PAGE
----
(Washington, DC) - Today, the House Committee on Science, Space, and Technology hosted a live communications "downlink" with the two U.S. astronauts currently aboard the International Space Station (ISS), current ISS Commander Dr. Steve Swanson and Commander (USN) Reid Wiseman.
Watch the archived webcast of the event here.
Ranking Member Eddie Bernice Johnson (D-TX) said in her opening statement, "This past weekend marked the 45th anniversary of the first humans landing on the Moon. It was a bold achievement, as was the more recent assembly of the International Space Station. The success of both of these ventures depended on the dedication and bravery of past and present members of the astronaut corps in spite of the risks they willingly face in the name of science and exploration. I know that all Members join me in saluting them. While the road to its completion was a long one, the ISS stands as one of the engineering marvels of the modern age, and a testament to American ingenuity and perseverance."
Members had the opportunity to speak with the astronauts for about twenty minutes. They covered a number of topics, including those pertinent to policy and those lighter in nature. The policy related topics dealt with how the ISS deals with orbital debris; what work the astronauts are doing on the ISS that will enable missions to take us beyond low-earth orbit and specifically to Mars; how their work helps the U.S. maintain leadership in science and technology and how it inspires young people to enter STEM fields; and why the U.S. needs to support the ISS.
Dr. Swanson said, "Again, it goes back to what do we provide for the taxpayer? One, we provide research and development. That's what we get out of this. We get new products, new ideas, new science, and new research which always help the country in the future. And that creates new companies which helps the economy. We also inspire a new generation which hopefully gets them to be productive and help out and make our country stronger. And, we are explorers, which helps the whole human race."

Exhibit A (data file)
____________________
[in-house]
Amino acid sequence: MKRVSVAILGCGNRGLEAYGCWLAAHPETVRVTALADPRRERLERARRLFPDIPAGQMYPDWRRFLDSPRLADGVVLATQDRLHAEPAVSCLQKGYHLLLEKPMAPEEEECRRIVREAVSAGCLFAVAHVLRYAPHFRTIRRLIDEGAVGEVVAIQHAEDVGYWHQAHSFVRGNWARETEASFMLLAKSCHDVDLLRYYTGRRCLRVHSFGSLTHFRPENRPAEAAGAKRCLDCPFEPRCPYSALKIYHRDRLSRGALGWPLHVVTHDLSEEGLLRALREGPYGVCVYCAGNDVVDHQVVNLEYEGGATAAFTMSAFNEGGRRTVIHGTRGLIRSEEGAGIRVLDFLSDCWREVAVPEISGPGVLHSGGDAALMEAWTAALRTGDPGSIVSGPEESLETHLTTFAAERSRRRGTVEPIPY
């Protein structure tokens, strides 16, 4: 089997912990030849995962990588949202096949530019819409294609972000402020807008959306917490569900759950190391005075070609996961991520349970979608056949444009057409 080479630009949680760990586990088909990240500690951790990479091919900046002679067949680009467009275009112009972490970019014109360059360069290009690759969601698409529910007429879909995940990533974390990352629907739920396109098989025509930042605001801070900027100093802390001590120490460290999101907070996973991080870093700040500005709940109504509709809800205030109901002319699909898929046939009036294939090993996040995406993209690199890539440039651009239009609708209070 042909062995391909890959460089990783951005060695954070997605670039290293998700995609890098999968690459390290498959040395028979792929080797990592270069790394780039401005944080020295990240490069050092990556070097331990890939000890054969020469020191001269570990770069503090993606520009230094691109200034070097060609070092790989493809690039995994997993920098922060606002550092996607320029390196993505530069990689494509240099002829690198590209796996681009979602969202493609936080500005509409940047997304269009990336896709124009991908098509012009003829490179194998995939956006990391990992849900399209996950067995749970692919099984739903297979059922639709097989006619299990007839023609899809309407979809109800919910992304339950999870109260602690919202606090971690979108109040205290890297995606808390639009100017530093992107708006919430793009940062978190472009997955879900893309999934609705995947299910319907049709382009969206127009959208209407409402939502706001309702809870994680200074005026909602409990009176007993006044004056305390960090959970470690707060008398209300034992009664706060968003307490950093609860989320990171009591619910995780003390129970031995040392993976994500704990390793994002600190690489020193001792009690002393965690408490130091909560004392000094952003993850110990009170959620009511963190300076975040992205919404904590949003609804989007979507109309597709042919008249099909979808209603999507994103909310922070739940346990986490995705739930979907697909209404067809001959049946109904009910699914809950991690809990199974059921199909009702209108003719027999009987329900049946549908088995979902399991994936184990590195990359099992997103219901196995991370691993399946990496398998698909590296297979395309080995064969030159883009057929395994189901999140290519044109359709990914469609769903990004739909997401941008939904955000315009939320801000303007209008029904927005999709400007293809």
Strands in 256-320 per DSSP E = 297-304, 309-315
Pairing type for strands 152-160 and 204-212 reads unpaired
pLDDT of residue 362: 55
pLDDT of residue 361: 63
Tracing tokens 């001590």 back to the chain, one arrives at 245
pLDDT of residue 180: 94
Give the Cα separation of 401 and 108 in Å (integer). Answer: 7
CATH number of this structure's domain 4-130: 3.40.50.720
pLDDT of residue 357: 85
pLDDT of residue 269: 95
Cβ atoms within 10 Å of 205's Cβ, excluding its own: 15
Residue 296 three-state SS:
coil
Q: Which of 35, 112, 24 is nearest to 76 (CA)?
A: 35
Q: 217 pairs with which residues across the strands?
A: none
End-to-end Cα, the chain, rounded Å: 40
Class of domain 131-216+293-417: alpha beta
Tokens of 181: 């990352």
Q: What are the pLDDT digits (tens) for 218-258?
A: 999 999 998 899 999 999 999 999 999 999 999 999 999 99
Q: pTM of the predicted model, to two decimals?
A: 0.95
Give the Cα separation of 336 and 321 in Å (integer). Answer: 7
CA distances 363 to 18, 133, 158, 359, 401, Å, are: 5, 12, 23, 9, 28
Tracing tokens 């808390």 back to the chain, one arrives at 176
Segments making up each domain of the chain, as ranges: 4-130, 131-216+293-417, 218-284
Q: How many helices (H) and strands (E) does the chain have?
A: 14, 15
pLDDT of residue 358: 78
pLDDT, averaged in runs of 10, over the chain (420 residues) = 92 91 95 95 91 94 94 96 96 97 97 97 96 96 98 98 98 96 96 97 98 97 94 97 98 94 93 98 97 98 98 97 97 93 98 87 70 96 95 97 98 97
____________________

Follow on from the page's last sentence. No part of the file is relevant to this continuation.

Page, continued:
Members also asked the astronauts a number of questions provided by children in their Districts including if anyone has had a birthday in space and how it was celebrated; what they pack in their suitcases; their favorite space foods; if they think we will find life in space; what a student needs to do in order to become an astronaut; and what inspired them to become astronauts.
Commander Wiseman described his inspiration, "I think back to my childhood when the space shuttle was just being developed and launched back in 1981. I was around six years old at the time, and I definitely remember a 747 flying over Maryland when I was in Towson with my parents. We had gone up to the top of a hill for the simple act of watching a space shuttle fly over on the back of a 747 as they were transporting it and that image is burned into my mind, and that probably started the course that I was on to become not only a Navy pilot, a test pilot, and then an astronaut. So, to me, we never know, that little thing that's going to spark the imagination of a child's mind and for me it was a simple airplane with a space shuttle flying--or, wait, that's not simple--but it was that simple act of being with my parents, and that was what sparked my imagination. So, as much as we can from up here and at NASA on the ground, we reach out to kids and just expose them to this world, this STEM world that's in motion. I think you never know when you're going to spark their imagination and I'm sure that we're doing it every day."
Ms. Johnson also expressed her hope that the Committee will hold a formal hearing in order to further examine the International Space Station, its utilization in support of exploration and basic and applied research, and the plan to extend the life of the ISS until 2024.
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